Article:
Avocado Leaf, An Antioxidant Game Changer for Pharmaceutical Industry

Avocado is a fruit that belongs to the family of Lauraceae. It is native to Mexico and Central America, where it has been grown for over 8000 years. Avocado trees are now cultivated throughout South America, Australia, parts of Asia, and the United States.

Avocado is one of the most nutritious food sources on earth. It contains vitamins A, C, E, and K; folate; iron; calcium; magnesium; phosphorus, and potassium. The fruit also contains high levels of monounsaturated fats and dietary fiber. Its antioxidants are said to protect against cancer and cardiovascular disease. Avocados are also good for the skin because they contain moisturizing fatty acids like oleic acid, which helps keep your skin soft and hydrated.

In addition to being a tasty guacamole or salad addition, avocados have been found to have an antioxidant capacity that rivals some of the most potent fruits and vegetables on the planet. The avocado fruit and the benefits it holds have been widely studied which have lead researchers to look more closely into the rest of the avocado tree including the bark, the seed and more interestingly “the avocado leaf”.

Avocado Leaf Extract and Its Antioxidant Capacity: A 2019 Study

The avocado is one of the most important fruits in the world, but it has also been used as a medicinal plant for centuries. Persea Americana (avocado) leaves are traditionally consumed as part of Mexican food and medicine. Previous studies have suggested that avocado leaves contain bioactive compounds with antioxidant properties.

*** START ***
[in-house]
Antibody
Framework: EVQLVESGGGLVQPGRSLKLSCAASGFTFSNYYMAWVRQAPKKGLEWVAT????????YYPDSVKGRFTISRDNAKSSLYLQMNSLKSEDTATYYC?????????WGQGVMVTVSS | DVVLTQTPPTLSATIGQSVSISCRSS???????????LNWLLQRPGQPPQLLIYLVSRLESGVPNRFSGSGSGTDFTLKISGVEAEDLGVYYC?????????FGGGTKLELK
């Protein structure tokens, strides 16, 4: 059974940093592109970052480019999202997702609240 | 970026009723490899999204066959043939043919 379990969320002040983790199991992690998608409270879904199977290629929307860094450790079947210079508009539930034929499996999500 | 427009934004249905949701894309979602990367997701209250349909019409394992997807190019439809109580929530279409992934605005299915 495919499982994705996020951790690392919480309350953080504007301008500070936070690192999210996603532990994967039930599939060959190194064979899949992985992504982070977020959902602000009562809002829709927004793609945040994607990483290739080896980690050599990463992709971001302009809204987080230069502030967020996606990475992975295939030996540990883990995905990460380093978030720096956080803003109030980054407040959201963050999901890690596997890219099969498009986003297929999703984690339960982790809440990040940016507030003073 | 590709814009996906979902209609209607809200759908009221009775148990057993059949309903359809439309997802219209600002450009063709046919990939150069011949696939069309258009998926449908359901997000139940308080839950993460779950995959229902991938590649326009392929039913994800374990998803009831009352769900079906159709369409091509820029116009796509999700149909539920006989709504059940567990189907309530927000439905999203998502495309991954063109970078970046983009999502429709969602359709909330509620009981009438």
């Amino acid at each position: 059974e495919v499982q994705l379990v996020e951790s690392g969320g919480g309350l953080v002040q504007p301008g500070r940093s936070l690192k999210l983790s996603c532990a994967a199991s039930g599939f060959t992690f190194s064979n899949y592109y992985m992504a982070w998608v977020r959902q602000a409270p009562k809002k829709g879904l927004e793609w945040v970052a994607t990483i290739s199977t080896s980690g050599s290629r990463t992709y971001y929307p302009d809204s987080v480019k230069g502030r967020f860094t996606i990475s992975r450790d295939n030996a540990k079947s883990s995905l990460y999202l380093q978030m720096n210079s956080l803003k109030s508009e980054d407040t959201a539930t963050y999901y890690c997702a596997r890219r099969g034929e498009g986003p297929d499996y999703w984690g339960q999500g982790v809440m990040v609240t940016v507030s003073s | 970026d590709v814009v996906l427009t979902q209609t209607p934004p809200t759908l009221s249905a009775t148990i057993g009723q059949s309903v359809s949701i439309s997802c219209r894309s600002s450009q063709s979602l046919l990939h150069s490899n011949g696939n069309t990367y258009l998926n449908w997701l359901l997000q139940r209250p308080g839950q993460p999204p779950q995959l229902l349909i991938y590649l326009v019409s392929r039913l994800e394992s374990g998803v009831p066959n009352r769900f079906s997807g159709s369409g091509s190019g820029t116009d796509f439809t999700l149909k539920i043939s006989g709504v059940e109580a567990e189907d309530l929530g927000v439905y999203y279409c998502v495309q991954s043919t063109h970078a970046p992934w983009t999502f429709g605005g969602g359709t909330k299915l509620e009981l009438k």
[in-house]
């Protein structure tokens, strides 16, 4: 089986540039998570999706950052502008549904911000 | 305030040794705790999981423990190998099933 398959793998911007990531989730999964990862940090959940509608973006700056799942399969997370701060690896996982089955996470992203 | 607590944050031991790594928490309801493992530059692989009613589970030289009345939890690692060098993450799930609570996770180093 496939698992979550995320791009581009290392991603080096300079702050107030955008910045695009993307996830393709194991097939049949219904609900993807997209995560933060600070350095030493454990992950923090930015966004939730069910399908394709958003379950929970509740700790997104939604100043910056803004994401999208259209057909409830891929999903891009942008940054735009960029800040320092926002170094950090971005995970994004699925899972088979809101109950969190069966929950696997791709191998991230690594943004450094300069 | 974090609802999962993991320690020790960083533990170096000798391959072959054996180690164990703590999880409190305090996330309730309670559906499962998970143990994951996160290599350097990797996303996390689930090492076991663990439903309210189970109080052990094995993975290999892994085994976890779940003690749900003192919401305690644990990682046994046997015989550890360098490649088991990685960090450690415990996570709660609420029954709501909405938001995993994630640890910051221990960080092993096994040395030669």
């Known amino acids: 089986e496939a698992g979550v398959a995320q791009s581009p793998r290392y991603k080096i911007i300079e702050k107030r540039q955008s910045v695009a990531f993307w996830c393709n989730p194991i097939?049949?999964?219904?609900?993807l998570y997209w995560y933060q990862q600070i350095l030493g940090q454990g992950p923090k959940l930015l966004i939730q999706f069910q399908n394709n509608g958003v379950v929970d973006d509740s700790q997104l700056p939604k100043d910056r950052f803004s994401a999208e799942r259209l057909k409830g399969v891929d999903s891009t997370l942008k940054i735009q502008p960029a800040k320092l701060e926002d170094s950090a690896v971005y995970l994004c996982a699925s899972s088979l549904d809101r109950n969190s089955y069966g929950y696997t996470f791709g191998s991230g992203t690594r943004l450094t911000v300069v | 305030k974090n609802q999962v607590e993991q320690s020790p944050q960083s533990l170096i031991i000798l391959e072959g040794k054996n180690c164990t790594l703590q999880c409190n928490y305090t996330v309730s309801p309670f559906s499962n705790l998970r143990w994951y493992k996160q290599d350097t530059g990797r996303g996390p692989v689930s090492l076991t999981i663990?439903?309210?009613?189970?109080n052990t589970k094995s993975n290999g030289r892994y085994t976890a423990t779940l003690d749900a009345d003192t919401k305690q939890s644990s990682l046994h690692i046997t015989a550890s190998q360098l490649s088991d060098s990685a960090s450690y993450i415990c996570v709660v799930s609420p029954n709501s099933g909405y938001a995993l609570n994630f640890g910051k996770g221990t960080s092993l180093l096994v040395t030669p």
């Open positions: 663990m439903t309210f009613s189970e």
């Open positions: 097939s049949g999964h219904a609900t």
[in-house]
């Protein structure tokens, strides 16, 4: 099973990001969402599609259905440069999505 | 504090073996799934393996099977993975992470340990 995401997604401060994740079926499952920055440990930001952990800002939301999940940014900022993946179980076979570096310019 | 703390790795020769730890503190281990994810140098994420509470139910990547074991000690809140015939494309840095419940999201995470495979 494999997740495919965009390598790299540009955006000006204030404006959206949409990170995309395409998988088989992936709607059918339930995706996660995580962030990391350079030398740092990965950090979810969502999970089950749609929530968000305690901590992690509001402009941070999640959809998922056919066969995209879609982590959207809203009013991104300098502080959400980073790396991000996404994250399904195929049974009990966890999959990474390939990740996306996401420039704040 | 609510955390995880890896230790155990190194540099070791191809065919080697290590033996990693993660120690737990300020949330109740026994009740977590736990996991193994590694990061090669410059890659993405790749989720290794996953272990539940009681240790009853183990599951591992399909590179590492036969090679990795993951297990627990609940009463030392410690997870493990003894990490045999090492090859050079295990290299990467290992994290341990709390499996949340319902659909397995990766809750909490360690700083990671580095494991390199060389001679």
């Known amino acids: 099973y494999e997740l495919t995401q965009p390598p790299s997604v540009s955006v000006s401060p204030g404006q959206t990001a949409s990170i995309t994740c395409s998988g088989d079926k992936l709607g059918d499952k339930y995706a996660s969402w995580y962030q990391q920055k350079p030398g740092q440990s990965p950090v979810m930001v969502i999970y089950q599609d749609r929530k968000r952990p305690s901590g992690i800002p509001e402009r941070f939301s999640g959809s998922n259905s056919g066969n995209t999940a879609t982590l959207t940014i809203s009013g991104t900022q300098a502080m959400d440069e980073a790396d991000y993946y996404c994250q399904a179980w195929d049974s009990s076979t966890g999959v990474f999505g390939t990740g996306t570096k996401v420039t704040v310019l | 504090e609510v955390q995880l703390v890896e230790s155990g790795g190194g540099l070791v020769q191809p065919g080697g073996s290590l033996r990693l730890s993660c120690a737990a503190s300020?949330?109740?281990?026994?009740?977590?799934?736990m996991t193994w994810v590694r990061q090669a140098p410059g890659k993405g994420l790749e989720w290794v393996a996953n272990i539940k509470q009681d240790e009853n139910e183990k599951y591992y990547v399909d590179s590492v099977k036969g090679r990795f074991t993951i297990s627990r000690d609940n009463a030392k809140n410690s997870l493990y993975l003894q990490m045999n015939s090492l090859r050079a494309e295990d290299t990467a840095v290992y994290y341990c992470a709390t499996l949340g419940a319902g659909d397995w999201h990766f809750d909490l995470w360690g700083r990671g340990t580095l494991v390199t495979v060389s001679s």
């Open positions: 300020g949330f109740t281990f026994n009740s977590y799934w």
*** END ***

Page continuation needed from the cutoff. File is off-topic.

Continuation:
The purpose of this 2019 study was to determine the component profile by liquid chromatography using mass spectrometry/electron spray ionization and to evaluate the antioxidant activity of seven extracts of Mexican avocado leaves using DPPH, ABTS, and lipid peroxidation (LPO). (1)

In this study, 41 compounds were found in avocado leaves of seven cultivars, and 18 phenolics were identified for the first time. The main compound was catechin, followed by quercetin and kaempferol. The antioxidant activity was tested using three different methods: DPPH radical scavenging assay, ABTS radical scavenging assay, and LPO inhibition assay. All extracts showed high antioxidant activity with IC50 values ranging from 271.86 ± 13.69 and 269.56 ± 6.53.


Findings of the study

Avocado leaves contain a large number of bioactive compounds, which have potential applications in the medical field. This study focused on the antioxidant capacity of different avocado varieties. The researchers found that the hydroalcoholic extract from avocado leaves had an impressive antioxidant activity, which could be used to treat several diseases or to develop food products with health benefits.

The researchers analyzed seven different avocado cultivars and found that all of them contained a high amount of phenolic acids and flavonoids.

The study was conducted in Mexico, where seven cultivars were tested for their antioxidant capacity. Researchers found that the leaves contained at least thirty-seven bioactive compounds (phenolic acids and flavonoids), many of which have been shown to have positive effects on the human body.

The researchers also noted that despite these promising results, more detailed studies would need to be conducted to confirm the correlation between genotypes, increase the number of individuals tested, detect more phytochemical diversity, and complement gene expression studies.



The study shows that avocado has a high antioxidant capacity, which means they can fight free radicals in the body. This is helpful because free radicals can cause damage to cells and DNA, leading to health problems. Antioxidants are compounds that can neutralize free radicals before they do any damage. The study also showed that different cultivars of avocado have different amounts of antioxidants and therefore different levels of health benefits.



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